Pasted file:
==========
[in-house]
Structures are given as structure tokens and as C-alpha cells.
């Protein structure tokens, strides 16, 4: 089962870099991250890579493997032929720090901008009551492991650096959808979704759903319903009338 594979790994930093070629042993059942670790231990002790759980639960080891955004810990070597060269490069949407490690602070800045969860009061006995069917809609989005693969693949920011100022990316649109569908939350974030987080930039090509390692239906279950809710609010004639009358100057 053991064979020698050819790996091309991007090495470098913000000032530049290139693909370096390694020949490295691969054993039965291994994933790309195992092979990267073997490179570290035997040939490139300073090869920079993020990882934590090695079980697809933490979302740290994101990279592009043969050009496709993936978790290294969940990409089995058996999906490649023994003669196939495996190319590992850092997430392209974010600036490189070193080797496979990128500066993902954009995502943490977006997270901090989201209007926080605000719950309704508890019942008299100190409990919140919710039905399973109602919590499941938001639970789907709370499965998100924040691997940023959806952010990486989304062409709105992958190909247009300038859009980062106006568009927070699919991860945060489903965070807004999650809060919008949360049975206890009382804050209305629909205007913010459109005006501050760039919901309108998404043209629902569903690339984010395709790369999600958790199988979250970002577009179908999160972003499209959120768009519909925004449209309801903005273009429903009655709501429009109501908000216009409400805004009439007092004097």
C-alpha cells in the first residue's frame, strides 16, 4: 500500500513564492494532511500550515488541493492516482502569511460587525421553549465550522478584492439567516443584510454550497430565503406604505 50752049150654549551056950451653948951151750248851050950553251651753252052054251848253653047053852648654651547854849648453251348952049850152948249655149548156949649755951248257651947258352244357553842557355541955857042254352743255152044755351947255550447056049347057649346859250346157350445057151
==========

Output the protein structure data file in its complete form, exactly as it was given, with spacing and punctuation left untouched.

[in-house]
Structures are given as structure tokens and as C-alpha cells.
């Protein structure tokens, strides 16, 4: 089962870099991250890579493997032929720090901008009551492991650096959808979704759903319903009338 594979790994930093070629042993059942670790231990002790759980639960080891955004810990070597060269490069949407490690602070800045969860009061006995069917809609989005693969693949920011100022990316649109569908939350974030987080930039090509390692239906279950809710609010004639009358100057 053991064979020698050819790996091309991007090495470098913000000032530049290139693909370096390694020949490295691969054993039965291994994933790309195992092979990267073997490179570290035997040939490139300073090869920079993020990882934590090695079980697809933490979302740290994101990279592009043969050009496709993936978790290294969940990409089995058996999906490649023994003669196939495996190319590992850092997430392209974010600036490189070193080797496979990128500066993902954009995502943490977006997270901090989201209007926080605000719950309704508890019942008299100190409990919140919710039905399973109602919590499941938001639970789907709370499965998100924040691997940023959806952010990486989304062409709105992958190909247009300038859009980062106006568009927070699919991860945060489903965070807004999650809060919008949360049975206890009382804050209305629909205007913010459109005006501050760039919901309108998404043209629902569903690339984010395709790369999600958790199988979250970002577009179908999160972003499209959120768009519909925004449209309801903005273009429903009655709501429009109501908000216009409400805004009439007092004097």
C-alpha cells in the first residue's frame, strides 16, 4: 500500500513564492494532511500550515488541493492516482502569511460587525421553549465550522478584492439567516443584510454550497430565503406604505 50752049150654549551056950451653948951151750248851050950553251651753252052054251848253653047053852648654651547854849648453251348952049850152948249655149548156949649755951248257651947258352244357553842557355541955857042254352743255152044755351947255550447056049347057649346859250346157350445057151